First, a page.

By Jim Brace-Thompson
In the January 2020 issue of Rock & Gem, I wrote of a debate raging around Alaska’s Bristol Bay. Would-be gold and copper miners were squared off against Alaska Native groups, environmentalists, and salmon fisheries. The miners sought rights to begin digging for what was thought to be as much as $300 to $500 billion in gold and copper reserves. On the other side of the spectrum, the area for the proposed Pebble Mine boasts one of the most productive salmon fisheries in the world, bringing in some $300 million a year. Thus, fishery proponents and others sought to protect and preserve the area. It was being described as “one of the biggest environmental battles of the early 21st century.”
That battle now seems over. Initially, mining was banned by Barack Obama. But then Donald Trump, Jr., reversed course and threw open the gates to potential development, and I said the outcome most likely would be determined in court.
A news brief in an August 2020 issue of the journal Science noted the issue might not even get that far. The U.S. Army Corps of Engineers had first issued a report that said so far as they could determine, mining activities “would not measurably affect the salmon fishery.” However, the report generated so much criticism that the Corps threw up a red flag within a month and issued a number of concerns. The CEO of the Pebble Partnership said the mining company would provide persuasive answers to address them all.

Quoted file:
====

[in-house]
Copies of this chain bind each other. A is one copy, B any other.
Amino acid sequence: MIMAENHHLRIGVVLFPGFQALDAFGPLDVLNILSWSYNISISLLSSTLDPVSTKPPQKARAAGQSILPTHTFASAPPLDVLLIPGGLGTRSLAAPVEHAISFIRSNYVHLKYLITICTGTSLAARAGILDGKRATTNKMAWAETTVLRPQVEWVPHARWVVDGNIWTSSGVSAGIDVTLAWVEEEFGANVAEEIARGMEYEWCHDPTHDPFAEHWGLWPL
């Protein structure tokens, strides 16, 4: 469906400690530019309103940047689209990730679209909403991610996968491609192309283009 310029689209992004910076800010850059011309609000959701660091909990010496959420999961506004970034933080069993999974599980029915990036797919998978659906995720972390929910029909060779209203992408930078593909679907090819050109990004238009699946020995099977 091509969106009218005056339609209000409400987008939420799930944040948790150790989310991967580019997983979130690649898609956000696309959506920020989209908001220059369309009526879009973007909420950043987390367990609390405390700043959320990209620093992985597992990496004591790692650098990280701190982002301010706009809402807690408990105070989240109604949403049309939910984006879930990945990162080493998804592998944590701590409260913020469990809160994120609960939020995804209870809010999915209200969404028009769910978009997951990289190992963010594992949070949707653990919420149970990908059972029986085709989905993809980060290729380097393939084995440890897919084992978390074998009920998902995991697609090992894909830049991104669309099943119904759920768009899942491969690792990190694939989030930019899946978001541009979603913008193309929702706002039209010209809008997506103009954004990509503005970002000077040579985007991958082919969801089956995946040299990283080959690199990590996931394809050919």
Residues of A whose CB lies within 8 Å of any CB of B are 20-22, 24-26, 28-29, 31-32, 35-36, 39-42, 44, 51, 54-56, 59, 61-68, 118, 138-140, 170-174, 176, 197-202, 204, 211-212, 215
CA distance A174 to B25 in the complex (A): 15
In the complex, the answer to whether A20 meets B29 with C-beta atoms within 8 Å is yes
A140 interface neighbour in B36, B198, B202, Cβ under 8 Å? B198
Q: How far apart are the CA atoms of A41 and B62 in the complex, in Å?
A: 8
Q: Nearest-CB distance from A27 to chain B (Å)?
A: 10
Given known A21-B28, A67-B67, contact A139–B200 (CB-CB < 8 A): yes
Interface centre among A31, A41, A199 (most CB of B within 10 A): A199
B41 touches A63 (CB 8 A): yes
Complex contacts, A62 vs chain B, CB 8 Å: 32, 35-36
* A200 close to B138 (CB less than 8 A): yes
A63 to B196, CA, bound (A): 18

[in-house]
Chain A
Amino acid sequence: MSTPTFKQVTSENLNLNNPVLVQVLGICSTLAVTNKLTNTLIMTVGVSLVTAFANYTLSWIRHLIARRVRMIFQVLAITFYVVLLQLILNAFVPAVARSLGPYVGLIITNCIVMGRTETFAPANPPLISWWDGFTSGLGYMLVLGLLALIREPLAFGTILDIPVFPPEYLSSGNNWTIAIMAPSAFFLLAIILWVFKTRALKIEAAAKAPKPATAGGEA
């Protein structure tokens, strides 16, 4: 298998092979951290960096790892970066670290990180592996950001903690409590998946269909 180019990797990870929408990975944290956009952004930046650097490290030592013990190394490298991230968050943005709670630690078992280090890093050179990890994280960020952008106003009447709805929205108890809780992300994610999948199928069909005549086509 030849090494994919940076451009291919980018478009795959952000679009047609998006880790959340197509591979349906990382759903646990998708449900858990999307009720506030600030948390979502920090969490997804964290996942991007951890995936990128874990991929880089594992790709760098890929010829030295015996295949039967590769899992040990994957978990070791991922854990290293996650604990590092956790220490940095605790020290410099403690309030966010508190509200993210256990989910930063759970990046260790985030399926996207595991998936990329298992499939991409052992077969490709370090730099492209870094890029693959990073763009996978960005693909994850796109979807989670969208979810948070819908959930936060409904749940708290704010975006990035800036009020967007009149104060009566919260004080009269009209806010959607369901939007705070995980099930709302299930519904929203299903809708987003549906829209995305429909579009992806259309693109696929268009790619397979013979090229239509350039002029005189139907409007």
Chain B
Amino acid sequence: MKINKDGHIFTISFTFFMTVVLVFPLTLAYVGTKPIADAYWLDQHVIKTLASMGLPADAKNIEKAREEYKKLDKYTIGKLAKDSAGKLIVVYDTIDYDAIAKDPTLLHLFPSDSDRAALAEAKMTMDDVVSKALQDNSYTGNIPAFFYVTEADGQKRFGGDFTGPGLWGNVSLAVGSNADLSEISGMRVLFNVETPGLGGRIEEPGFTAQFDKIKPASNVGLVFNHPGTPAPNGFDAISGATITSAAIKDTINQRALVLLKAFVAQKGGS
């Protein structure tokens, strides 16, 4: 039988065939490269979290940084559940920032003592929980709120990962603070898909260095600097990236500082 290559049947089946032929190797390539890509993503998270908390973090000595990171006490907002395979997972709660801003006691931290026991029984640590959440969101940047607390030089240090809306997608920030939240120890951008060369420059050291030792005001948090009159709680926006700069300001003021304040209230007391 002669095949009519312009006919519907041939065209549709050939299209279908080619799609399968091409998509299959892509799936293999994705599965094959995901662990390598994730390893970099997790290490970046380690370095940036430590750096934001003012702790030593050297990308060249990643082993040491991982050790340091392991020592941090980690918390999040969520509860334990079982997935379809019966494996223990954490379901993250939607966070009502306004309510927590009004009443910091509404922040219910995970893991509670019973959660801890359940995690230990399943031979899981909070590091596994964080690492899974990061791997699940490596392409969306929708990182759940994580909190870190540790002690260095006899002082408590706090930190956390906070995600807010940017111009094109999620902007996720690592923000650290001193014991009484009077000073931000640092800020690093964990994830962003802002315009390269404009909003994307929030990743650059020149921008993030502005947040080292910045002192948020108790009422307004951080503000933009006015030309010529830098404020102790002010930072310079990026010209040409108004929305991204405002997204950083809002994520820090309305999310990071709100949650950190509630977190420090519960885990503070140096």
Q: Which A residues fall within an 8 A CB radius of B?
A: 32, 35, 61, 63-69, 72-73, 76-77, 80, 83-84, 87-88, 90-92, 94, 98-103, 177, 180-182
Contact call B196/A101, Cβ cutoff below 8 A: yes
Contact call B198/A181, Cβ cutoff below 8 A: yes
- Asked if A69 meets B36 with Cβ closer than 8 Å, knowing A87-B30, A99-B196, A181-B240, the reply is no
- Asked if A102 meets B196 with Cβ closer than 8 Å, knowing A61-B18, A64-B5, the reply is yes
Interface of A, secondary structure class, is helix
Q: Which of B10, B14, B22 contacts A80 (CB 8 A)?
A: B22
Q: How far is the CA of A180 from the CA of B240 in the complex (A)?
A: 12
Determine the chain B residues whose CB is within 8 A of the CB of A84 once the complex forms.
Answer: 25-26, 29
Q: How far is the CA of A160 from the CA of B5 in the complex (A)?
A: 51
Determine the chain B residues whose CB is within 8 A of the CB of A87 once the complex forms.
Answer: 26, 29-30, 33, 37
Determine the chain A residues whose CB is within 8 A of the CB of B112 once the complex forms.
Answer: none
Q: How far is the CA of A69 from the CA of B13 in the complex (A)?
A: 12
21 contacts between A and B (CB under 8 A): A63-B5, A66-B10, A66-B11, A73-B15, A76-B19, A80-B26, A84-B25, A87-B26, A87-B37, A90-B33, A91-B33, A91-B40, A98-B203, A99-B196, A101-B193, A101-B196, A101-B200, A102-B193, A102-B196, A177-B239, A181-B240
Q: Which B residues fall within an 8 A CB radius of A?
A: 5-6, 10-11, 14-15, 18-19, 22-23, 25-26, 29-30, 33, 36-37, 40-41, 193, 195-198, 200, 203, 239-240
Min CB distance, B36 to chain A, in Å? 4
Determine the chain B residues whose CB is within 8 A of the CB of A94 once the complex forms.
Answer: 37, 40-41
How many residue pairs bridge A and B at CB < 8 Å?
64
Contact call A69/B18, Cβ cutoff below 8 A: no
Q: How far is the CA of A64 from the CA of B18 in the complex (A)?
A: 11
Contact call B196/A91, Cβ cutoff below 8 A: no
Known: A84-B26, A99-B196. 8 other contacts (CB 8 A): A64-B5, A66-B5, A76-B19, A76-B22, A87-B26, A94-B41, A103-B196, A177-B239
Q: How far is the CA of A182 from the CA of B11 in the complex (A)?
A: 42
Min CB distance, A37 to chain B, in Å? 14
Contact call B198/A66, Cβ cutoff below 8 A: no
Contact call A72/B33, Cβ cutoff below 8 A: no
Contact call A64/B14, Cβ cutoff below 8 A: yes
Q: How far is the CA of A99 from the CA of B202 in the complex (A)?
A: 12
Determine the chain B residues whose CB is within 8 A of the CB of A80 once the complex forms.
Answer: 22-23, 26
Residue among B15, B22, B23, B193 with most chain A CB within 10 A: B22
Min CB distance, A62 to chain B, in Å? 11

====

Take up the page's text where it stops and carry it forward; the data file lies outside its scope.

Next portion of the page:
Apparently, the answers they provided were not persuasive enough. By the end of 2020, the Corps had determined that mining in this area was “contrary to the public interest.” The federal permit required to begin mining has been denied. In an ironic plot twist, the proposed Pebble Mine may have been done in by several prominent Republicans, including none other than Donald Trump, Jr., who apparently enjoys salmon fishing around Bristol Bay.
End of story? Well, perhaps the end of the battle, but not the end of the war. Per yet another news brief in the journal Science, “mine company officials said they would appeal the decision.” I’m betting that my initial prediction will be right. Watch for the outcome to be determined by a court.
Author: Jim Brace-Thompson
Jim began and oversees the AFMS Badge Program for kids, has been inducted into the National Rockhound & Lapidary Hall of Fame within their Education Category, and is the president-elect for the American Federation of Mineralogical Societies.
Contact him at firstname.lastname@example.org.